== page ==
The Nobel laureate Herbert Simon has coined the concept of satisficing or the art of living your life at the optimum rather than perfection. Always going for the perfect and choosing between a large number of fairly equivalent alternatives creates stress and fatigue in the form of information overload.

In all aspects of our lives we are overloaded with different alternatives, and all the time choosing between a large number of fairly equivalent options creates stress and fatigue in the form of information overload. Each active decision requires mental energy and modern neuropsychology research has shown that we as humans are only able to make a certain number of considered decisions per day. Then it will stop regardless of how important the decision is.

By instead going for the optimum, you can avoid a lot of stress while you have enough time to invest your full energy on the things that really matter.

In the end, the happiest people are not the ones who have the most but the ones who are happy with what they have and can spend their time on what they are passionate about.

5. Manage your time

This brings us to time management. Let us assume that you now have cut out a lot of things that you no longer spend time on, but what about the rest?

We believe that we are able to multitask, but that’s an illusion. Every time you shift your attention to a new task, energy is required; less for the small tasks and more for the larger, but any shift does have an energy cost.

Therefore always try to get as much uninterrupted time for what you’ll need to do. Turn off the alert signals on your computer and smart phone, put a busy sign on your door, and try to avoid any other distraction.

Also have in mind the pareto principle that 80% of the benefits comes from 20% of the efforts. Therefore, try to identify and focus on the important 20% and if possible cut down on the rest.

6. Look for inspiration

Things and experiences that intrigue you and tickle your mind and fantasy are not only fuel for your creative abilities but also energy boosters. Even though we are creatures of habits, try to challenge yourself at least once every day by doing something out of the ordinary.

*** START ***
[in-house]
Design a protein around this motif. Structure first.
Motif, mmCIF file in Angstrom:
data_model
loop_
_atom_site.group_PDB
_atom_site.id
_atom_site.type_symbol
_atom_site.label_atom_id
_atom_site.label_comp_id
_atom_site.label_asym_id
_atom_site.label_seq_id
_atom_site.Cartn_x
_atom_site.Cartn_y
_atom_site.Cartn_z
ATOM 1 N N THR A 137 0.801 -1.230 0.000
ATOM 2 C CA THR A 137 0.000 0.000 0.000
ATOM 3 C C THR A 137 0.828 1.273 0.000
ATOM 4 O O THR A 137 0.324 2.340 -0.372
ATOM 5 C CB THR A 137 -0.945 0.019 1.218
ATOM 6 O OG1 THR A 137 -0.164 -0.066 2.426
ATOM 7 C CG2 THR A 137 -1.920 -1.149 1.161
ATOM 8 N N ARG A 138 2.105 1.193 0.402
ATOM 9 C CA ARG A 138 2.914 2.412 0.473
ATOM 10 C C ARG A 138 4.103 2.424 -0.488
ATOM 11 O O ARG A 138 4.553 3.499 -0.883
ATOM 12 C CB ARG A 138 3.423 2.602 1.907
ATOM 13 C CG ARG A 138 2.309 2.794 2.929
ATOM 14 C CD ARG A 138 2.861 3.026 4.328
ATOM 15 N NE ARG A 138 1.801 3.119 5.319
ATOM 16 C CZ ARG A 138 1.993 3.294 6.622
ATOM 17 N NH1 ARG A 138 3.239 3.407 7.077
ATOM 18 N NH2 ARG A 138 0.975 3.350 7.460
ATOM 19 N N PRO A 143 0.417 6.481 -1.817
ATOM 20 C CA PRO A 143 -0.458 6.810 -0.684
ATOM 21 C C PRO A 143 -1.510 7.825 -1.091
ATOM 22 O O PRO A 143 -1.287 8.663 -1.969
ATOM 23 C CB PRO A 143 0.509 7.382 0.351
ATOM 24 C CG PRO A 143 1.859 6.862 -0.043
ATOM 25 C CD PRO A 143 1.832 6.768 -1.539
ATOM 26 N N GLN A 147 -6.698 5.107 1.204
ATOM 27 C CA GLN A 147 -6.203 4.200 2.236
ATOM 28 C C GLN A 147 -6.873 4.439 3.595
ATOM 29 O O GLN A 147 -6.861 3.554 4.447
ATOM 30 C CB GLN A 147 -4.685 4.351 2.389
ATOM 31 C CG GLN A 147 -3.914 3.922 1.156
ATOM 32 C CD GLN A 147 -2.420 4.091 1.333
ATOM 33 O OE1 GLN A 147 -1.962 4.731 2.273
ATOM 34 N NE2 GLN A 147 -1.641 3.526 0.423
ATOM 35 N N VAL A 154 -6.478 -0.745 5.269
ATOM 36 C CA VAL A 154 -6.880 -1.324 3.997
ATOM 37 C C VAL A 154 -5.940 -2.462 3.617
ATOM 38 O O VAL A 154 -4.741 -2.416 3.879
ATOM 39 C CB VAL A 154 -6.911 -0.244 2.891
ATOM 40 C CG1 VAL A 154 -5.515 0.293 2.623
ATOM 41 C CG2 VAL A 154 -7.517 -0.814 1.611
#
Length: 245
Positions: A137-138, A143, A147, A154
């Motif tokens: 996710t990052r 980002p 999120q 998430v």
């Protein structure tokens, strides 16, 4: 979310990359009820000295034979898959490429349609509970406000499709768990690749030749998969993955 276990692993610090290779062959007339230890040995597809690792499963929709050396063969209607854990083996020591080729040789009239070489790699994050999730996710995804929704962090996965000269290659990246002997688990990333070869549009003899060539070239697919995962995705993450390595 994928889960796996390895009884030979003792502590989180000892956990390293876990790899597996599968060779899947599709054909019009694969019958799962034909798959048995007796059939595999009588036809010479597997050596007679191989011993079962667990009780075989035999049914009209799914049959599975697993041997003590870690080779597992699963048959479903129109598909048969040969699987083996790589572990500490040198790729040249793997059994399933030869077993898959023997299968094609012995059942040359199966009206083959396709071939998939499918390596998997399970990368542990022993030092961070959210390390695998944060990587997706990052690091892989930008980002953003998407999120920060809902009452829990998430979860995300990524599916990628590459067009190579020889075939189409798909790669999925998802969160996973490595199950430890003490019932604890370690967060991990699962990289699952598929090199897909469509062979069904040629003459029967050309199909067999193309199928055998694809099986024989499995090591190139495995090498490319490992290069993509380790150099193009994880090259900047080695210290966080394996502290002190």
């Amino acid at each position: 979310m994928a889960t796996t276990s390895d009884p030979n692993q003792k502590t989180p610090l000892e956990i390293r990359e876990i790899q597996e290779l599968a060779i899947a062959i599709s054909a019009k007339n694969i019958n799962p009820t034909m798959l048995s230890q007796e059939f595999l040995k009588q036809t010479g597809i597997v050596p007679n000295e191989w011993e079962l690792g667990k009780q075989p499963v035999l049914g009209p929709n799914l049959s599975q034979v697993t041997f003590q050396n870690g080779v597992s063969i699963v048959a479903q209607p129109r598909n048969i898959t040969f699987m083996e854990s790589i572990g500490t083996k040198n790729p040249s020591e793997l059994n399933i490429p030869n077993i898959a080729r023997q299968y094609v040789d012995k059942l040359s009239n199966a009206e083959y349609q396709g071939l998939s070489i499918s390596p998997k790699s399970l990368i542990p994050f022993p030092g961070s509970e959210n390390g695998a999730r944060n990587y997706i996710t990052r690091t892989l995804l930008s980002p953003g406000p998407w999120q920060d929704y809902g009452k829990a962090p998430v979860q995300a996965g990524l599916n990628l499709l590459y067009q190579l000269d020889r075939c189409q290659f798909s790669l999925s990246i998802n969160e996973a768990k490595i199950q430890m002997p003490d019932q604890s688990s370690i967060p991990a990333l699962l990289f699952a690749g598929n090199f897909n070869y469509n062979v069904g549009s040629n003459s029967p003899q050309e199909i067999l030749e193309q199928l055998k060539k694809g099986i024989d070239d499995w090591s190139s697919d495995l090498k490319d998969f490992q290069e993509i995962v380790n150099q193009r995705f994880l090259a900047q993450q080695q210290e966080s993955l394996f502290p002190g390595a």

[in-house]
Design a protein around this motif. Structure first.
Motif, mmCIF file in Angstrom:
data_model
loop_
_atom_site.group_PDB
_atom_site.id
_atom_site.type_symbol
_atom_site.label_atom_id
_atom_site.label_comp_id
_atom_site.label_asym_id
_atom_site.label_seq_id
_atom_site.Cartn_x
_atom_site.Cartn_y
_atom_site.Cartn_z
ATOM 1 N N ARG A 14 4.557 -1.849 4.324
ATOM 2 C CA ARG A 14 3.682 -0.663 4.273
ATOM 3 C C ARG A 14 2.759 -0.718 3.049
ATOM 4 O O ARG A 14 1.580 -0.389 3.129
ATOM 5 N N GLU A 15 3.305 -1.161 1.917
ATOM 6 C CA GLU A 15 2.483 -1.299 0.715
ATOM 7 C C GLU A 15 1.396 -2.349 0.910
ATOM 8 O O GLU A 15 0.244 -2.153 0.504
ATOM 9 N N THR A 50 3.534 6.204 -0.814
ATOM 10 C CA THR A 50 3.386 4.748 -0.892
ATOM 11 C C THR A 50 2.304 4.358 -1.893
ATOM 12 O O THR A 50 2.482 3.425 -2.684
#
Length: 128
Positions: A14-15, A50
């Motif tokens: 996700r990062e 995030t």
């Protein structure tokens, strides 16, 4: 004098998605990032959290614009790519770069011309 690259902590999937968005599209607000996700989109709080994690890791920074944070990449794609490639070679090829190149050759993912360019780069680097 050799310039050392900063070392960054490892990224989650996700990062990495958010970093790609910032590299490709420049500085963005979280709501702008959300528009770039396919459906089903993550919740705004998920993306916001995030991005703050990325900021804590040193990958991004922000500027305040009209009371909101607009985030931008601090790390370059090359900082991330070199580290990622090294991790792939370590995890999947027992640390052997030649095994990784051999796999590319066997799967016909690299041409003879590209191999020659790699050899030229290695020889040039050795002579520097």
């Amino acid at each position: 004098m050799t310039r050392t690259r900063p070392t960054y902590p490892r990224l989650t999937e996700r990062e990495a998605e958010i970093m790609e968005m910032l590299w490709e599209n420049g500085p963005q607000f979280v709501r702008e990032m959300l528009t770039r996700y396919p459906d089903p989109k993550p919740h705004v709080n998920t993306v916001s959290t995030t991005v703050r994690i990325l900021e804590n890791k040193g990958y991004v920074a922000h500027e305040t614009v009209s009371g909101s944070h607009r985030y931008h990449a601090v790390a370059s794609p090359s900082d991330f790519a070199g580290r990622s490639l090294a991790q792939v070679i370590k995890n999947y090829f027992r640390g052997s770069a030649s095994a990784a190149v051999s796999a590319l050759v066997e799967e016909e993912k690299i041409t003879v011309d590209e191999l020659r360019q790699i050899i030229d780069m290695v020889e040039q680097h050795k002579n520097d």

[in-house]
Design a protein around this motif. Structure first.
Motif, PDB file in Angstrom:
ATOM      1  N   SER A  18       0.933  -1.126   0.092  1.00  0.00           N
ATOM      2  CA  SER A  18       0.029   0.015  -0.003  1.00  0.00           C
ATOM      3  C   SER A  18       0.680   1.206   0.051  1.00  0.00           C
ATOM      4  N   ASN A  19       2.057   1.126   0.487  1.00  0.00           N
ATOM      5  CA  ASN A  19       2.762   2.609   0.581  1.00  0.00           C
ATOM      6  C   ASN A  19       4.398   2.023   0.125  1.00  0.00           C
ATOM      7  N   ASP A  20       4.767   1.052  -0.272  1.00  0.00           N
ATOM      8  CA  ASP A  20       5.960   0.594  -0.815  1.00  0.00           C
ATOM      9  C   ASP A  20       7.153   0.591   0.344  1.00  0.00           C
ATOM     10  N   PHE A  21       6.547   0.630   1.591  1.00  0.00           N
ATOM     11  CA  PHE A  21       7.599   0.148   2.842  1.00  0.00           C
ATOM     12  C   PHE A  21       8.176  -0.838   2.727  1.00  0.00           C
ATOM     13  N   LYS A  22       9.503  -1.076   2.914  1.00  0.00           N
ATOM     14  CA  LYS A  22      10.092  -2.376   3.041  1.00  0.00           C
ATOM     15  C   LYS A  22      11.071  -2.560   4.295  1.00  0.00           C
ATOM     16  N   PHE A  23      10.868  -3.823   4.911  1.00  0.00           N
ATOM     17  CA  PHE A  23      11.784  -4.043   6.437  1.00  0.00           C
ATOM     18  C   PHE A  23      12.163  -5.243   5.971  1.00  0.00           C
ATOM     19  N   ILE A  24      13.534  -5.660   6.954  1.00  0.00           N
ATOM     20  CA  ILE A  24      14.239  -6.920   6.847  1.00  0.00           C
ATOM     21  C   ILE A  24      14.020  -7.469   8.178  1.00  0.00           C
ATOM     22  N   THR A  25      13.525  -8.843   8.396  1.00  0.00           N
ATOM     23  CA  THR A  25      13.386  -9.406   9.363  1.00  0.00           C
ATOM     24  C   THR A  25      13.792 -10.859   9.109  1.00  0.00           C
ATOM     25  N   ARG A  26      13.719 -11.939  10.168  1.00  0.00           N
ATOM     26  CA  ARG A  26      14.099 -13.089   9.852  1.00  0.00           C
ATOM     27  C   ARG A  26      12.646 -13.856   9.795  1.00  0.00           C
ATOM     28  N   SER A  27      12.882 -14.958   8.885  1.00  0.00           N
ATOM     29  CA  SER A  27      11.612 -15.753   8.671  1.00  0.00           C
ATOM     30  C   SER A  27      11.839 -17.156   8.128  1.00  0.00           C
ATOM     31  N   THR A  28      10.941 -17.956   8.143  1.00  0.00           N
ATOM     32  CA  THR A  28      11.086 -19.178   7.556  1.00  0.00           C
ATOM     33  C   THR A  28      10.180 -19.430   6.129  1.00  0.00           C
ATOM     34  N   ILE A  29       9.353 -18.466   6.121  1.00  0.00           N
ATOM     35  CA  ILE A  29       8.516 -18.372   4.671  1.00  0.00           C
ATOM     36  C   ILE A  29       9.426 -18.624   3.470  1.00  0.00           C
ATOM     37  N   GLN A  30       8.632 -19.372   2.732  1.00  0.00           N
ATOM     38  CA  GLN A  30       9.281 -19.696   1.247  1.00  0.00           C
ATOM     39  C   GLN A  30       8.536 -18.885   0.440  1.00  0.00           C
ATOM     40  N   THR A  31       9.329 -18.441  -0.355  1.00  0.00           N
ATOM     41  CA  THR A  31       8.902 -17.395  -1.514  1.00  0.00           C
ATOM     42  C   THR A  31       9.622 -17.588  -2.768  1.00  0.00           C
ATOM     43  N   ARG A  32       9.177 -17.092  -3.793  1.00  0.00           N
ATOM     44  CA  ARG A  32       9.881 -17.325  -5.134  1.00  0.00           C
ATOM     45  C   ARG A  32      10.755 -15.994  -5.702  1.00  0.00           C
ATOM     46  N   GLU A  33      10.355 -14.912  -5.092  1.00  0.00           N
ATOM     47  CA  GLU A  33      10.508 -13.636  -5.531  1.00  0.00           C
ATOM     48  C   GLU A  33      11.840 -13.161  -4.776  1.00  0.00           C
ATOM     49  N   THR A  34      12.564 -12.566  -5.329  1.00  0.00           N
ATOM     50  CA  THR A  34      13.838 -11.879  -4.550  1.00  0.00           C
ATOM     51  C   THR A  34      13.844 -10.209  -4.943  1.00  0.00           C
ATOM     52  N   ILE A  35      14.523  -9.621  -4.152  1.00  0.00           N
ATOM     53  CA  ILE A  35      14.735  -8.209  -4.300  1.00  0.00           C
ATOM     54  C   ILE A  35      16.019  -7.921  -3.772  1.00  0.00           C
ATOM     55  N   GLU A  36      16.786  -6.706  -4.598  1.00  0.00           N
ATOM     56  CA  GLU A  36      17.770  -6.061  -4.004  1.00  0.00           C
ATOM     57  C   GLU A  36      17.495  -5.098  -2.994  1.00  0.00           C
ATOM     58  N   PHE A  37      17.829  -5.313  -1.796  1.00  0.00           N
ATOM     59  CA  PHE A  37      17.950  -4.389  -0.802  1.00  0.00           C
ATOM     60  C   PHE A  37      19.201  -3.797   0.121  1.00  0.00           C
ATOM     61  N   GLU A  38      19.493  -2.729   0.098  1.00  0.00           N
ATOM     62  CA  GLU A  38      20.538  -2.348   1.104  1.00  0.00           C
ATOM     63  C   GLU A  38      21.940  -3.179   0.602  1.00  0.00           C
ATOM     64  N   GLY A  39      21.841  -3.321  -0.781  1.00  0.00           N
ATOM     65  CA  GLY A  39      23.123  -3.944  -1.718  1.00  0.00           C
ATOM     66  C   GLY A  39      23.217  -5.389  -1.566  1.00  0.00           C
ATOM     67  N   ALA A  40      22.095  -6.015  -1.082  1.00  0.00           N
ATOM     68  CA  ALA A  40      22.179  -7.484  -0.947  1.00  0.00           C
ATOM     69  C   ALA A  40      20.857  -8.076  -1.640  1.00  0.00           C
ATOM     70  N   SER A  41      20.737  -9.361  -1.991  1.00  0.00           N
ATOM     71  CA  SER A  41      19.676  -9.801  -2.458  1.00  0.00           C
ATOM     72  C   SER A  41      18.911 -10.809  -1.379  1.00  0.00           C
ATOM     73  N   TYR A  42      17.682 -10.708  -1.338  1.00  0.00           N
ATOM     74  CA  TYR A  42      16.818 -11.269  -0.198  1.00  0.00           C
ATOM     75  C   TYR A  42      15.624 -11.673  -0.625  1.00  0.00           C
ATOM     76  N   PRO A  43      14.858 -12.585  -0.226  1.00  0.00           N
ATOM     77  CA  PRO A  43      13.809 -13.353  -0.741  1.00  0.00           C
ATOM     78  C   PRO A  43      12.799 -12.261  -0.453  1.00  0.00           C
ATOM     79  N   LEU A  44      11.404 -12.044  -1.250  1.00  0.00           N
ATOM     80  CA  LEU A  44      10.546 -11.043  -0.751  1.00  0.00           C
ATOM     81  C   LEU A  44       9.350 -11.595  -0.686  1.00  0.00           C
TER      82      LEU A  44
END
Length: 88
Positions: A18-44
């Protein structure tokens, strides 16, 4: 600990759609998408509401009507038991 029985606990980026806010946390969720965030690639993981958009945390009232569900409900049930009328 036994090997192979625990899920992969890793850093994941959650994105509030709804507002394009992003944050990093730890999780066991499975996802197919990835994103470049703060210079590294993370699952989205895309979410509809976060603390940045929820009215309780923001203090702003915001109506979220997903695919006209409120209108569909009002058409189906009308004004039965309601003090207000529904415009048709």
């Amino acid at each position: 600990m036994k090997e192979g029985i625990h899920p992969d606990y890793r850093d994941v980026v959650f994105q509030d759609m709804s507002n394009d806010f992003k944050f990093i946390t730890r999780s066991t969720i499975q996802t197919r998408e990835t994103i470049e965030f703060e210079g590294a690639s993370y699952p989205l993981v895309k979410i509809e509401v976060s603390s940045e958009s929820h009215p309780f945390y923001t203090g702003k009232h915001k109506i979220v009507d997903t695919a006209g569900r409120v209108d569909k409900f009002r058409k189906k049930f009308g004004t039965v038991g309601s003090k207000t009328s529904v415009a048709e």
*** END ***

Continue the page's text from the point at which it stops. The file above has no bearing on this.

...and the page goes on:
Read books that give you new dimensions. Watch a documentary on TV rather than a soap. Visit an art gallery. Go to a poetry slam. Or take a walk in the nature.

7. Find your passion

To live a complete and full life we will need to find a deeper purpose. This may sound grand and overwhelming, but need not to be. You don’t need to find the cure for cancer or become a buddhist monk, but in order to live fully, you would need something that would ignite your passion and give meaning to your life.

What this woul be, will be different to different people, and often something simple, but still of great importance to you. Maybe it is to devote yourself to your grandchildren in a way you did not have time for with your own children, or following your favourite sports team, or solving difficult crossword puzzles.

Your passion may very well change over time, but when you’ve found it in the life where you are right now, stick to it and seize the opportunities to endulge in it. Your surrounding may not always understand or appreciate it, but in the end they will also benefit from you being a more complete person to be around.

8. Strive for happiness

The final tip concerns your happiness. That does not mean that it is the least important, rather the opposite. Dalai Lama and other wise people claim that the real purpose of our lives is to find happiness. In recent years, happiness research has shown how we can change our lives ourselves to become happier. In a previous blog post, I wrote about twelve strategies to incraese your happiness.

If you want to read more about how to increase your life energy, I can also recommend Sanna Ehdin’s excellent book on increasing your energy! Höj din energi! Nyckeln till ett starkt, friskt och lyckligt liv. (available in Swedish).